Doubtless the greater prosperity enjoyed by democratic societies had a profound impact on the populations of Communist societies. Despite the attempted jamming of western media pictures of life outside the Communist bloc did penetrate behind the iron curtain. The inhabitants of Czechoslavakia, Poland and other states which came under Soviet influence wanted consumer goods, however the intellectuals among the populace desired freedom and the writings of Orwell, Kafka and others kindled in them this desire for democracy.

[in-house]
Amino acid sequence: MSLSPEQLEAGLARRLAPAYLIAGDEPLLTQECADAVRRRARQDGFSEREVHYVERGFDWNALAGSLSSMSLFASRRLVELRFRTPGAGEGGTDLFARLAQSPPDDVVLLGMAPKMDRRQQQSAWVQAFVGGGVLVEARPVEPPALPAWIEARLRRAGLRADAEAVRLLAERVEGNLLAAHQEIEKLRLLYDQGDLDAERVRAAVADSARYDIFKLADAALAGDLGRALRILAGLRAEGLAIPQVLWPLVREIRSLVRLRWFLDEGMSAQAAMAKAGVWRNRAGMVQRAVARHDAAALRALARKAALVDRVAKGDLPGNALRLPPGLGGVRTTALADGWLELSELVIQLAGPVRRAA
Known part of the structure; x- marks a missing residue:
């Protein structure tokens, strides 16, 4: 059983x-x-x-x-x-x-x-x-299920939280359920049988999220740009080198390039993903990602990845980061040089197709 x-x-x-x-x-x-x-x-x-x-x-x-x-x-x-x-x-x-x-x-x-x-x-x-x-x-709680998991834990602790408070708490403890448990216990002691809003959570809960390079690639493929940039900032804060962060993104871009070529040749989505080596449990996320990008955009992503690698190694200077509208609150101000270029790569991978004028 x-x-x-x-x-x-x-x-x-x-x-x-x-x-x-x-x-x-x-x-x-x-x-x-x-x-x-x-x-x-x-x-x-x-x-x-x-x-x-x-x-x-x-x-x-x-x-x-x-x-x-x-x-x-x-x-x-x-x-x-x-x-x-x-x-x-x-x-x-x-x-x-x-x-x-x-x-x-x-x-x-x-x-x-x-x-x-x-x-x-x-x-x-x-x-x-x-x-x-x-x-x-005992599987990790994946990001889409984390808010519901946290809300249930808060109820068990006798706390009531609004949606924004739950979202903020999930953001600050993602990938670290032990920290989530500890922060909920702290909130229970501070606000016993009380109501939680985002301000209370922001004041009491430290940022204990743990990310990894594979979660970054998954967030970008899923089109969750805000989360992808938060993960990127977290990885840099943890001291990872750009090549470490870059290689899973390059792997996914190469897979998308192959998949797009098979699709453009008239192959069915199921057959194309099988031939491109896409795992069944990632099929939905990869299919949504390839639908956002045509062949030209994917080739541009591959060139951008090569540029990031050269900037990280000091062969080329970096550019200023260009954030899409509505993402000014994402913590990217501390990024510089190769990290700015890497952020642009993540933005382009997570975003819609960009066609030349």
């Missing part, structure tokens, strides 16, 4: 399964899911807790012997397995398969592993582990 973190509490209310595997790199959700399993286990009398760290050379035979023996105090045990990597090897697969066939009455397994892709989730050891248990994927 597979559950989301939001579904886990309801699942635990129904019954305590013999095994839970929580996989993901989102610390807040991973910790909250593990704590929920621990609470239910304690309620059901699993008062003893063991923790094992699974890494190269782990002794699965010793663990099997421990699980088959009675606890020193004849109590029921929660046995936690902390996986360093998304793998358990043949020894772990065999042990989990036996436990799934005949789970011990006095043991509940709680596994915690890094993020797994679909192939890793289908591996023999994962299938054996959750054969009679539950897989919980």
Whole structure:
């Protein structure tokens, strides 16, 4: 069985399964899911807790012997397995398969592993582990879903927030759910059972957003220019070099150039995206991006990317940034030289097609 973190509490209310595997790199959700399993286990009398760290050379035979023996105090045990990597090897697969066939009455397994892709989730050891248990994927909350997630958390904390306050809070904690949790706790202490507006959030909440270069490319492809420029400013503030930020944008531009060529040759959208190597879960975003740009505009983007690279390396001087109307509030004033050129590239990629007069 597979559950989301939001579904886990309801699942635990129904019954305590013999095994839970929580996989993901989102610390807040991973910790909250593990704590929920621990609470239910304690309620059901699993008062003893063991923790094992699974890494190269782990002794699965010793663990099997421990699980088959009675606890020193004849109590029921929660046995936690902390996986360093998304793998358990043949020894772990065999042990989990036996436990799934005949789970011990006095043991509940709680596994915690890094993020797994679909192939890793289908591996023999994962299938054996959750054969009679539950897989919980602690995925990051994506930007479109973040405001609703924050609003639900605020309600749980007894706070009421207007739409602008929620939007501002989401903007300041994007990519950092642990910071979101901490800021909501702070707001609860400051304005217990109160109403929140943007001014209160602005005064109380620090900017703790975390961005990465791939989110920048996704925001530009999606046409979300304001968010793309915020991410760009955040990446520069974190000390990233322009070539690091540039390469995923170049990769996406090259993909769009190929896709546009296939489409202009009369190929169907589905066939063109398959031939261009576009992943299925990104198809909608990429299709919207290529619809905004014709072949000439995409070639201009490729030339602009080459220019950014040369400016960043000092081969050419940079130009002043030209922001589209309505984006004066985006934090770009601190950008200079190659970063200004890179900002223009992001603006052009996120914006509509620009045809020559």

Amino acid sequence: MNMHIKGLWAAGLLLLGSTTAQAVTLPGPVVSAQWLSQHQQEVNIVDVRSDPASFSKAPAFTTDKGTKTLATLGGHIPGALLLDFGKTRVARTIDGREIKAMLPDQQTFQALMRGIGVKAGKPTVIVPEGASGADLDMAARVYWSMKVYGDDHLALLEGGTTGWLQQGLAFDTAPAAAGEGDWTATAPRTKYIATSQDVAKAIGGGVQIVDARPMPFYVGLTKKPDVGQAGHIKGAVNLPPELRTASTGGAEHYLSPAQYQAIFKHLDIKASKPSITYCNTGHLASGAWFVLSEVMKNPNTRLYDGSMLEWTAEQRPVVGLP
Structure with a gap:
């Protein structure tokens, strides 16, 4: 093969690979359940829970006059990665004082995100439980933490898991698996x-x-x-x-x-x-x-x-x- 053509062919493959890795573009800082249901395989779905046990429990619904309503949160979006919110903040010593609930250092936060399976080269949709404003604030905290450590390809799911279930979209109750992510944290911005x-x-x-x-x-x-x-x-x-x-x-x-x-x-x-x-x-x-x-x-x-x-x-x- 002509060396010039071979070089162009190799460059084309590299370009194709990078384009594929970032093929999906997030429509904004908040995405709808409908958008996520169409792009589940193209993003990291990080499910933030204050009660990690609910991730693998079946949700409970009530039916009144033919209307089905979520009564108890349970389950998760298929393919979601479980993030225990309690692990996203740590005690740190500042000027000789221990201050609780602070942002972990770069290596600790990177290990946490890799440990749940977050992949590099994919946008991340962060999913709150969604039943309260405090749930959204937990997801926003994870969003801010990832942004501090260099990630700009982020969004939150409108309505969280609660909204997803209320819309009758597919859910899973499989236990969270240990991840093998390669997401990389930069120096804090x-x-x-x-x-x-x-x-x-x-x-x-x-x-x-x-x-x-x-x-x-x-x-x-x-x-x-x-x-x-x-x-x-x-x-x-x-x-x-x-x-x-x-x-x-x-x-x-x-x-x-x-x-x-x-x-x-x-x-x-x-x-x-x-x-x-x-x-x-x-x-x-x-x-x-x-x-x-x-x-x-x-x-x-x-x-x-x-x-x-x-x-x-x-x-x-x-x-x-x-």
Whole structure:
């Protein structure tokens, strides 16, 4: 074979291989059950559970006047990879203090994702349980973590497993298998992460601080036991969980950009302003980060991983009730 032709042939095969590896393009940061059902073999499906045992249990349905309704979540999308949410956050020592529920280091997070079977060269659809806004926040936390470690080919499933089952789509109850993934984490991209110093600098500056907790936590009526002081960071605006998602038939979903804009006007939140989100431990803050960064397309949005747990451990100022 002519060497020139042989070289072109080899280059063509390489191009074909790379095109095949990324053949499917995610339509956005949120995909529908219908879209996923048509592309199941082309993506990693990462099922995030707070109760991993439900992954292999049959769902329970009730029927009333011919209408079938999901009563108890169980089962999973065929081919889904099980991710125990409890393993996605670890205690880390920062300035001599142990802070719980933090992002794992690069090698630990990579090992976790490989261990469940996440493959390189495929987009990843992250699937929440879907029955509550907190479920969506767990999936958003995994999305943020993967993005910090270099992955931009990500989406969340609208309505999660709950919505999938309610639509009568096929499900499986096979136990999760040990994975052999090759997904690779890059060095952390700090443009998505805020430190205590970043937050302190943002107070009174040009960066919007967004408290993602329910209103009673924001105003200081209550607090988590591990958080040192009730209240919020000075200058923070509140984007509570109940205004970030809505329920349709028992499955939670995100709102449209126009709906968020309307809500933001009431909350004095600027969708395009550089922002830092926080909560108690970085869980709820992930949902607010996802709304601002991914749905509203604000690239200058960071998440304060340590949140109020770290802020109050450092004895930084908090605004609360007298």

In conclusion it can be said that Auden is right in the sense that writing in and of itself makes nothing happen. However the influence of authors such as Dickens and Orwell should not be underestimated. When combined with political and economic forces words can (and are) powerful tools  for good or ill.